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Vintage Bass Ale Match Holder

Vintage Bass Ale Match Holder

$195.00

Found at market, we are pleased to offer this handsome match holder from England. Produced by the revered Minton potters as a promotional piece for Bass Ale, the match holder is an impressive find to be sure.

The weighty ceramic stand features a central holder to secure a box of matches and is decorated on both sides with the famed Bass Ale red triangle logo and Bass Ale name. The famed Bass pale ale, was a popular and widespread export in the 1800s, and its red triangle logo became the first registered trademark in the UK in 1876. For art lovers, that triangle is clearly visible on beer bottles depicted in Edouard Manet’s 1882 painting “A bar at the Folies-Bergère” and in dozens of paintings by Picasso.

A historical and artistic find, this match holder is sure to light up your kitchen or bar with its storied presence.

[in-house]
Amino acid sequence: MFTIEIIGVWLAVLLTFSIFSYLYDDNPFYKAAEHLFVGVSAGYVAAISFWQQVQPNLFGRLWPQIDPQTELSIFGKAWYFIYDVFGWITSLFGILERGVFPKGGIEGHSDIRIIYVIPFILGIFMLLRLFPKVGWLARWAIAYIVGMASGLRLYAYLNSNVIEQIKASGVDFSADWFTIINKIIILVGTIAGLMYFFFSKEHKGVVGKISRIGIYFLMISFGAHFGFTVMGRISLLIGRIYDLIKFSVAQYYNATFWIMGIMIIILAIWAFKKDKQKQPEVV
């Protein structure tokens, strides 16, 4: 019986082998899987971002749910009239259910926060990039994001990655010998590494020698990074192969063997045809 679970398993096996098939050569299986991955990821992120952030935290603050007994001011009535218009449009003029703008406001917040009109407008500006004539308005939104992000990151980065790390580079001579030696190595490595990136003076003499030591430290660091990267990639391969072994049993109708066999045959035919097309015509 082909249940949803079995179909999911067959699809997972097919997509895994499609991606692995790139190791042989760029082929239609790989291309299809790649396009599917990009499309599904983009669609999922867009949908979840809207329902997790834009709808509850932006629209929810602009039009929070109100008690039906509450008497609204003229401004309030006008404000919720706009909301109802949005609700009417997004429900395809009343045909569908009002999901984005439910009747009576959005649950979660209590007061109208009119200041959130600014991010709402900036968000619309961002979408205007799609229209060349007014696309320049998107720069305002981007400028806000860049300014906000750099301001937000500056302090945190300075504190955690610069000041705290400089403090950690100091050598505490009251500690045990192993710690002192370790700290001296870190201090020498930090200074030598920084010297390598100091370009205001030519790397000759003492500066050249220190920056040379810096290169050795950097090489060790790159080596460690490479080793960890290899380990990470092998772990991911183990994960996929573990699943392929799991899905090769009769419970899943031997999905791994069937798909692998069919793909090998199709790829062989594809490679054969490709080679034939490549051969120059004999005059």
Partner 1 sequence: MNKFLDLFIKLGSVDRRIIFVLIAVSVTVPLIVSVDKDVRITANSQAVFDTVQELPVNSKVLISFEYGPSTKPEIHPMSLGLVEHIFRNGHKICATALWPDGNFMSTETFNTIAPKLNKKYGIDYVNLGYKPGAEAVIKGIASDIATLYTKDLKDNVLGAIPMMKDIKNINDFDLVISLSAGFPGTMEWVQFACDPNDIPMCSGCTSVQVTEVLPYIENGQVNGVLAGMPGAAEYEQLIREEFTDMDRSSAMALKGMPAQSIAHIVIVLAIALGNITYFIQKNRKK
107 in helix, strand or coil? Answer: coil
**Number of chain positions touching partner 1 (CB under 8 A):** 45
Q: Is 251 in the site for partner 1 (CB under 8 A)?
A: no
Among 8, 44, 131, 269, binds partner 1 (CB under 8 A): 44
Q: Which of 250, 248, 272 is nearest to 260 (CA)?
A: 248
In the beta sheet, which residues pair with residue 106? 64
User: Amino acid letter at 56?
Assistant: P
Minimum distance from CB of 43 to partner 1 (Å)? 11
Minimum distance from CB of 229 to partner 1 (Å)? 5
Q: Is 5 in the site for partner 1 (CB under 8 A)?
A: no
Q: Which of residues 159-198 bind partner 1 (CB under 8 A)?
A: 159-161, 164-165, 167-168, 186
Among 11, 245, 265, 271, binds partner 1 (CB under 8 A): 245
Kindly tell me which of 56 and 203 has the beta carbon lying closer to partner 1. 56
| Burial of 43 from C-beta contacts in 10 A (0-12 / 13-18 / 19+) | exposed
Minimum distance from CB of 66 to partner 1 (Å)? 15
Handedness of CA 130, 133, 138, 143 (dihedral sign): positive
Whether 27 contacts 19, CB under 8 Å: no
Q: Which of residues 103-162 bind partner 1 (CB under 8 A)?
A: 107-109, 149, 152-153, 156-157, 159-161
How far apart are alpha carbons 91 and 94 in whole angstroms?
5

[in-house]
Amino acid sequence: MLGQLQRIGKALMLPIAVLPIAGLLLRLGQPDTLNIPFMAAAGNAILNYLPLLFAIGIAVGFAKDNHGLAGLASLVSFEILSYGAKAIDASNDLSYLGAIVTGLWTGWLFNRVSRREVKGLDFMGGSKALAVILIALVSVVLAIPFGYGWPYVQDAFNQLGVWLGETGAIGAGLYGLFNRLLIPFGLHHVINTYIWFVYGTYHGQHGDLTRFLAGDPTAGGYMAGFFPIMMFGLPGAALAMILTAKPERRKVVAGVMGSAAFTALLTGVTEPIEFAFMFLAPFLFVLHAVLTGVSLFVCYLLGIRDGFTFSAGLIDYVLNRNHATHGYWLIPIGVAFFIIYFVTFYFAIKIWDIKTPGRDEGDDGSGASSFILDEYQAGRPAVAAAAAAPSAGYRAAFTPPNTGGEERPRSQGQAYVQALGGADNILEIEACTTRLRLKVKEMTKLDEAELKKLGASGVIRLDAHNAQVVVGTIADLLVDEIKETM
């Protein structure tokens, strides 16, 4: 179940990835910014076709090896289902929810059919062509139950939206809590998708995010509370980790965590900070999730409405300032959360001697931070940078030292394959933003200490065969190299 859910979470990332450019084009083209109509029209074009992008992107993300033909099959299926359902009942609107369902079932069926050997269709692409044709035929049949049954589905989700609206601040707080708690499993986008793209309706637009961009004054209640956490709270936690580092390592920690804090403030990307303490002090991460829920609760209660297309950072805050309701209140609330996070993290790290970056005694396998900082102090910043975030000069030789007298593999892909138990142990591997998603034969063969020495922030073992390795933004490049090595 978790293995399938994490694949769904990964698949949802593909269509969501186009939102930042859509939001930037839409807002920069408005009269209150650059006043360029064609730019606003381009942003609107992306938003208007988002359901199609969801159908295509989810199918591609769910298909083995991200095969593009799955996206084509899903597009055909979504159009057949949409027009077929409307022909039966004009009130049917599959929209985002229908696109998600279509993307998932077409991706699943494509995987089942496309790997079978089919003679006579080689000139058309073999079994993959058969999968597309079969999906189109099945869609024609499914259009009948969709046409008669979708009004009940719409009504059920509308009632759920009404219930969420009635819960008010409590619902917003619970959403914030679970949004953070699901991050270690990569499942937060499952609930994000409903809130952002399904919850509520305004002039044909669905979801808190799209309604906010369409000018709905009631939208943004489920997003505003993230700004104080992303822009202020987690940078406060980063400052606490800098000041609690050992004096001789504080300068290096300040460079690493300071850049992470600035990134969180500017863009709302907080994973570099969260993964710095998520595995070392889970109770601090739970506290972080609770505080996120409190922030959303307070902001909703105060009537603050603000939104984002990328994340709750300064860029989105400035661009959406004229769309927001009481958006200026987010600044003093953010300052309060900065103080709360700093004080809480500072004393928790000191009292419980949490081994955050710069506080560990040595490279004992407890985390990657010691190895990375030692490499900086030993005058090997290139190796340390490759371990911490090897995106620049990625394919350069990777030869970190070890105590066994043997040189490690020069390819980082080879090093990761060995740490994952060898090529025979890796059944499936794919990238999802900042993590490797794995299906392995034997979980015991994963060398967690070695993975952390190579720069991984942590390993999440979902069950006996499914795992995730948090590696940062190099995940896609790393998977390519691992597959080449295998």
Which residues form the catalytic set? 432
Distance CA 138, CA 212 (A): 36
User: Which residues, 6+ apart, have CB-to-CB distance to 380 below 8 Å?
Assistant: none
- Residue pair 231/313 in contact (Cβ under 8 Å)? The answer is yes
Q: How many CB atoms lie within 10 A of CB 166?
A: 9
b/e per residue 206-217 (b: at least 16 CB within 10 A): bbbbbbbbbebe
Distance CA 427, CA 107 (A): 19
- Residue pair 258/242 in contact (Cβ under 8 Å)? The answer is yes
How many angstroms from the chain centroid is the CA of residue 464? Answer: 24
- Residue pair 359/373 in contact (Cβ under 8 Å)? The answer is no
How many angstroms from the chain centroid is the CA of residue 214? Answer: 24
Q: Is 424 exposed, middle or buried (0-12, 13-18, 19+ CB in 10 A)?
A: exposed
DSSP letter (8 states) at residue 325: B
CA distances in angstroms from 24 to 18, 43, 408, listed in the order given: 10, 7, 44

Strictly one-of-a-kind and subject to prior sale. In good vintage condition with overall crazing and other signs of a life well-lived in a busy British pub! 5.25"D x 2.75"H.

Learn More About Bass & Company

Bass & Company was a British brewery, based in Burton-on-Trent, that became one of the most recognized brewery brands in the world. Bass’ red triangle logo and its flagship beer, Bass pale ale, once traveled the world, spread by the ships of an advancing empire.

Founded by William Bass in 1777, the brewery saw remarkable growth in its early years, with ale sent to Russia in 1784 and to North America by 1799. For much of the history of the flagship brand it was known as an India pale ale because of its shipment to British forces overseas. More than a century later, the brewery would quietly drop the word “India” from its official packaging.

By 1850 it was producing more than 100,000 UK barrels (137,250 US barrels) per year. By 1888, the Bass brewery complex covered 145 acres of land and employed more than 2,500 workers, with output approaching the million-barrel mark.

Today, Bass's pale ale is enjoyed at pubs around the world, still made following the original recipe. The result is an amber-colored brew with a light, burned, roast aroma. It is made with English malts and hops and is brewed with two strains of yeast that give it a malty, slightly nutty flavor.

*Bass & Co history courtesy of The Oxford Companion to Beer.

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